Hrant Alianak steps onstage for the first time in 15 years and ages several decades in the process.
No, it’s not stage fright. Alianak plays 88-year-old Hagop in The Crooked Man, Richard Kalinoski’s play about an Armenian who, interviewed by his reporter grandson, relives the horrors of the 1915 Armenian genocide by the Turks. Based on the true story of a man who assassinated a Turkish leader, the work deals with themes of revenge, guilt and secrets.
Director Alianak is proud to have assembled an entirely Armenian cast for the production. “Initially, I tried to find someone the right age to play Hagop, but everyone I contacted worried about memory problems.
“Then I realized that it was wrong to cast an anglo in the part, because the play’s Armenian passion just wouldn’t come across, regardless of an actor’s skills.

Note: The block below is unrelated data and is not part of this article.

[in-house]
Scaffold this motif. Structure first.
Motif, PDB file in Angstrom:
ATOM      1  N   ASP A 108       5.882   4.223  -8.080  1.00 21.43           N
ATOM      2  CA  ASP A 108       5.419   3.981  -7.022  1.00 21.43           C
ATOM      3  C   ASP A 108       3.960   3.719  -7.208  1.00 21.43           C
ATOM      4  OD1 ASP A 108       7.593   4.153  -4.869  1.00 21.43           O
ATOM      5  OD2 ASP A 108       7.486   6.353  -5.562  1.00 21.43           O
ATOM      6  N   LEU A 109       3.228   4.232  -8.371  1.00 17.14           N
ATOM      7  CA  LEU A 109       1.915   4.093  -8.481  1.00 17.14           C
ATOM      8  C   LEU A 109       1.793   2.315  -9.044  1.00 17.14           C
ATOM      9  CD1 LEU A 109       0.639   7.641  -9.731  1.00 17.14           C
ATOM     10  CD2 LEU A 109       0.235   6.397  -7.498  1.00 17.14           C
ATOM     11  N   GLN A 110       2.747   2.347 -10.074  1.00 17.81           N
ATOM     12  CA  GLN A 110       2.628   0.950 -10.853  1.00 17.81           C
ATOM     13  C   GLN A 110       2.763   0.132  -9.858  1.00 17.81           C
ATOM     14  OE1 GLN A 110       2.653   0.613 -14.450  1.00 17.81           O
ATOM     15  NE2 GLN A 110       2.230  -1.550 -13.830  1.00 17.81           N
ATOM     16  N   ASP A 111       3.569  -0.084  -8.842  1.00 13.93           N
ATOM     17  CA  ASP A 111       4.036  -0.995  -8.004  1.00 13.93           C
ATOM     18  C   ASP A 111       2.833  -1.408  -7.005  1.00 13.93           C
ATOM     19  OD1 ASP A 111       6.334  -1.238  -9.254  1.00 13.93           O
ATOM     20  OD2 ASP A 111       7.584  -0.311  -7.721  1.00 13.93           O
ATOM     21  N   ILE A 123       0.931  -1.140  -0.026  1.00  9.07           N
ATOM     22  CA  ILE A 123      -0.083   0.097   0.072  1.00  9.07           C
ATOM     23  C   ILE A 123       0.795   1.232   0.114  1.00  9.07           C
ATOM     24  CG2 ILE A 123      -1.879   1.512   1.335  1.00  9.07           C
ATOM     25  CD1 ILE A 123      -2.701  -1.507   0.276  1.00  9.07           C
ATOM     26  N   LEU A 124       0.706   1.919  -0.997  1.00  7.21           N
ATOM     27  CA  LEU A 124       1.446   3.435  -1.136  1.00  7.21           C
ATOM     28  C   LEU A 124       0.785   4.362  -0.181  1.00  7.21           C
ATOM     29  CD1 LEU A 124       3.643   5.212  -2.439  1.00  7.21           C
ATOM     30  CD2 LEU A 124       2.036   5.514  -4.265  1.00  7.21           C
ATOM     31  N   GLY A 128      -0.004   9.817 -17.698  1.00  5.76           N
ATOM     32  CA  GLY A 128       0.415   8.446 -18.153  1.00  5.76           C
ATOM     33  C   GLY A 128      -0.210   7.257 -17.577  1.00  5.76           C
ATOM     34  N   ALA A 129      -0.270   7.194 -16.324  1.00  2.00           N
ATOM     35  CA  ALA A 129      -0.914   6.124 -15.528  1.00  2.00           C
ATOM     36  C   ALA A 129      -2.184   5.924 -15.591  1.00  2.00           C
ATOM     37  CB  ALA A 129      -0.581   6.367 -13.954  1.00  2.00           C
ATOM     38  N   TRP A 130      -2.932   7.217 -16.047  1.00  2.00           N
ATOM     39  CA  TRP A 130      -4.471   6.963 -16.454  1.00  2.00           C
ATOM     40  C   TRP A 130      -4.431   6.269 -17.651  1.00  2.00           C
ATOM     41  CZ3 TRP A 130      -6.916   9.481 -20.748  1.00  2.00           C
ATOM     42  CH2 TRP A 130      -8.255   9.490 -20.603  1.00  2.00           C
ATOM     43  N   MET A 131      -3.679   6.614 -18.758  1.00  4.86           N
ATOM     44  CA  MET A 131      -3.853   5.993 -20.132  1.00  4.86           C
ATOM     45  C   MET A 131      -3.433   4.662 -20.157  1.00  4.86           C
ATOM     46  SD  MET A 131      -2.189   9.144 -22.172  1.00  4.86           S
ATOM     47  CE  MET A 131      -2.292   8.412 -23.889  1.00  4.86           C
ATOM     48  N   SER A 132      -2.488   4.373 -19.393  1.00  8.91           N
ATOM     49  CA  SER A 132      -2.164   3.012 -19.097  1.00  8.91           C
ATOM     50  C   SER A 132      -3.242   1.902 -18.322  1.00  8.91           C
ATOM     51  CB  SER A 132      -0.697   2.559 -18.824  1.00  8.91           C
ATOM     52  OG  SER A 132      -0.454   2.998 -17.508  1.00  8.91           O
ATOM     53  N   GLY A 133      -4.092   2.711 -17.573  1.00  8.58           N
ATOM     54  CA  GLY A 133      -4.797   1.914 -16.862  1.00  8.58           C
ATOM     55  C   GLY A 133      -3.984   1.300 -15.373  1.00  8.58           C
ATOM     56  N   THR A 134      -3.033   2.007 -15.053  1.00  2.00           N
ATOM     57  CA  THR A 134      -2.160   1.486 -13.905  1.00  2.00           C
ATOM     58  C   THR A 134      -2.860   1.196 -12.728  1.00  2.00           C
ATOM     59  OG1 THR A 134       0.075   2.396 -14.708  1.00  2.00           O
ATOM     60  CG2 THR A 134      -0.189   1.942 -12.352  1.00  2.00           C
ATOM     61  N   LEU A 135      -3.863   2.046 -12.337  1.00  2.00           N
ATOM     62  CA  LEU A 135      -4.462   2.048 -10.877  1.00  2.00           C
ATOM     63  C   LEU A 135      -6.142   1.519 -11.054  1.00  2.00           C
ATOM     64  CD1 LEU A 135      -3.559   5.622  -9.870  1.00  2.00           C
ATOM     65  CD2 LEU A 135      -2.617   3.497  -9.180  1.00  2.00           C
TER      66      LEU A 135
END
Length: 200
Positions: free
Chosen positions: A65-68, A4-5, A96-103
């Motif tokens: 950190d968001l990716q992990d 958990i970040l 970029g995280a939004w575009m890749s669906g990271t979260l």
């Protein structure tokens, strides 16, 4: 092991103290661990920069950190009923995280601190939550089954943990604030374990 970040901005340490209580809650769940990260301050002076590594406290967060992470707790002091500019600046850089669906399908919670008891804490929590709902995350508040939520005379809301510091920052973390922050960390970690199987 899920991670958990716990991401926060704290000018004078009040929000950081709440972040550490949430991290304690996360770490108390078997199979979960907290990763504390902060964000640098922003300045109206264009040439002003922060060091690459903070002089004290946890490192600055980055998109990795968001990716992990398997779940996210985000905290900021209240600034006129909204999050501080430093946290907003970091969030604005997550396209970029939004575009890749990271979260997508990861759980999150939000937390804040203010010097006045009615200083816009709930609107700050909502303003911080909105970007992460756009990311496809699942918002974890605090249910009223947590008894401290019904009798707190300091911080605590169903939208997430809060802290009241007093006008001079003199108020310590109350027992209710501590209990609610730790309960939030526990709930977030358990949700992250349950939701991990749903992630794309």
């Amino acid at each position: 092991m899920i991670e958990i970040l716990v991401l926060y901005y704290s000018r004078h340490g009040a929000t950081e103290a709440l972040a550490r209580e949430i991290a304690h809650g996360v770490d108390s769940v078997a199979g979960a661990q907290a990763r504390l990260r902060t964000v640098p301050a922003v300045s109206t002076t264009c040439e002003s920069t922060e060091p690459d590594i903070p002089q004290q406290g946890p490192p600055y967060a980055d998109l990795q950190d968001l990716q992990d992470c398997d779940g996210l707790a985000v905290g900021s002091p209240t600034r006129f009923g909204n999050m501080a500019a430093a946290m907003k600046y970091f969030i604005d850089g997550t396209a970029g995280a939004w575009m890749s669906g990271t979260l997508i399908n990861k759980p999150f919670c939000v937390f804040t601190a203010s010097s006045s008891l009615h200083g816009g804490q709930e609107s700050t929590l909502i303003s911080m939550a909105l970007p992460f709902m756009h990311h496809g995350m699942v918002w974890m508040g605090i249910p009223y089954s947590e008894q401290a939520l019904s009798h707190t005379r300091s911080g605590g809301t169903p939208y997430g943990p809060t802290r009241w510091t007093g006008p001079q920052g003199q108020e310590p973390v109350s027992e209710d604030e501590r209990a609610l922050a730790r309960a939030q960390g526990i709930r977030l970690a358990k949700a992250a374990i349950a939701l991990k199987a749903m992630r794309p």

“Also, I have a vision for the play. I know how I want it done.”
Over the course of the show, we discover the impetus for Hagop’s action and a horrific part of his family history kept buried for more than half a century.
It’ll be good to see Alianak back on the stage. A major force in 70s Canadian theatre for his experimental scripts, he had a big hit with his last play, The Walls Of Africa.
“My good friend David French (Leaving Home, Salt-Water Moon) and I are currently lecturing at schools about Canadian theatre in the 70s, with its two streams of realistic and abstract drama. People know his work, but they don’t know mine as well.”